Vegan diet ‘could cut prostate cancer risk by a third’
Switching to a vegan diet could significantly reduce the risk of prostate cancer, according to a US study.
Vegans appear to have a 35% lower risk of developing the disease than non-vegans, results from the World Cancer Research Fund (WCRF)-funded study show.
The research team at Loma Linda University in California analysed data from over 26,000 men, of which 8% were vegan.
In the group, they found 1,079 cases of prostate cancer.
Benefits of going vegan
Those following a vegan diet avoid any animal-related products, including milk and cheese. Diets are often high in nuts, grains, fruit and vegetables.
A study last year found that a diet high in nuts can help lower the risk of certain types of cancer.
These recent results are a significant step towards making a strong connection between the vegan diet and reduced prostate cancer risk, says Professor Gary Fraser, who led the study.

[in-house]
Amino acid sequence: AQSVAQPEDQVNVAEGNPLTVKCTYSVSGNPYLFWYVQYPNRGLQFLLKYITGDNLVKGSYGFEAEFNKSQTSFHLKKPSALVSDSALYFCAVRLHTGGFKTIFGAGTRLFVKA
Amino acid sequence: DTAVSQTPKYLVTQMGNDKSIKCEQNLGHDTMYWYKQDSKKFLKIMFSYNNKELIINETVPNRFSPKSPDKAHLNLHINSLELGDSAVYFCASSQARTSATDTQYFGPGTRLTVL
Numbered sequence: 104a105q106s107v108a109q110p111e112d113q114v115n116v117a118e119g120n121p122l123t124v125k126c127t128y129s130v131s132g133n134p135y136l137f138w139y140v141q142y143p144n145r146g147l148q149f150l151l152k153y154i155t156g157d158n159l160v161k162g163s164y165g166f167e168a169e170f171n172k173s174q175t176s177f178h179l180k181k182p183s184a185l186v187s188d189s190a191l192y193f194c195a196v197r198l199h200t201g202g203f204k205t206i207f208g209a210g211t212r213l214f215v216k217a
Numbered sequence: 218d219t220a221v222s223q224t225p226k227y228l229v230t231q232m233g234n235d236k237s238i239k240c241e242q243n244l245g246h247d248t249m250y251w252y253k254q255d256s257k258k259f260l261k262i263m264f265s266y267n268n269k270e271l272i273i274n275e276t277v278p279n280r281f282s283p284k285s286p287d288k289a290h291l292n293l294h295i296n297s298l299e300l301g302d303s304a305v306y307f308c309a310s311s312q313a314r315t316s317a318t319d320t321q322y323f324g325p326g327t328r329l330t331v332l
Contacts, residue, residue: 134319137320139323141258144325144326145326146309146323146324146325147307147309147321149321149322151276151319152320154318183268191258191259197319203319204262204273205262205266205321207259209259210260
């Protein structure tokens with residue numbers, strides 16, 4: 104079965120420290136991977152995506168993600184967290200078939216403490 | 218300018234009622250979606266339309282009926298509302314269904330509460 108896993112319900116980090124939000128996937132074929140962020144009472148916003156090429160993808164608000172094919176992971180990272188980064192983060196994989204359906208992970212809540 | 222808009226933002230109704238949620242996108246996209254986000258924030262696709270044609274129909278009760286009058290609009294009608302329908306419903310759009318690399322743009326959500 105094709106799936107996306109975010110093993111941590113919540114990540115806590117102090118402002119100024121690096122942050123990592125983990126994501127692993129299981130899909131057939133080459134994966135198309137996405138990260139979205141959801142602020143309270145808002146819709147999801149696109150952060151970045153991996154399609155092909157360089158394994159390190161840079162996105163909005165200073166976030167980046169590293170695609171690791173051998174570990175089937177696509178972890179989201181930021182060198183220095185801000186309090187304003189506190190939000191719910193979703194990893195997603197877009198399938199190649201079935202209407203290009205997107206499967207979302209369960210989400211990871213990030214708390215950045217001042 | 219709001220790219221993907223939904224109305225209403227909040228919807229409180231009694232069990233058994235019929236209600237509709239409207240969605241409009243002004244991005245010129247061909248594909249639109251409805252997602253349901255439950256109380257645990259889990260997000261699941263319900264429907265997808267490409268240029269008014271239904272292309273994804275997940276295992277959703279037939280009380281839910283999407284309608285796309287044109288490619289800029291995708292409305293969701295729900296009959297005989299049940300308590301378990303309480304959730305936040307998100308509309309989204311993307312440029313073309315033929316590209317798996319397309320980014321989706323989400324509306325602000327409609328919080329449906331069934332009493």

He is calling for more research into the connection.
Prostate cancer is the most common cancer in men in the UK. Every year, over 47,000 new cases are reported, with 10,000 men dying from the disease.
More need to be done
Dr Panagiota Mitrou, director of research funding at the WCRF, says this study helps fill in a number of gaps about eating patterns and links to prostate cancer. Prevention should be the focus if there is to be a drop in the number of men developing the cancer, he says.
And while the results are exciting, he agrees more needs to be done to demonstrate the strength of the connection.
Jimmy Pierce, spokesman for the Vegan Society, says the evidence around the disease-preventative qualities of being vegan is “overwhelming”.
He hopes men can move past the “macho” image of eating meat and opt for the alternative diet.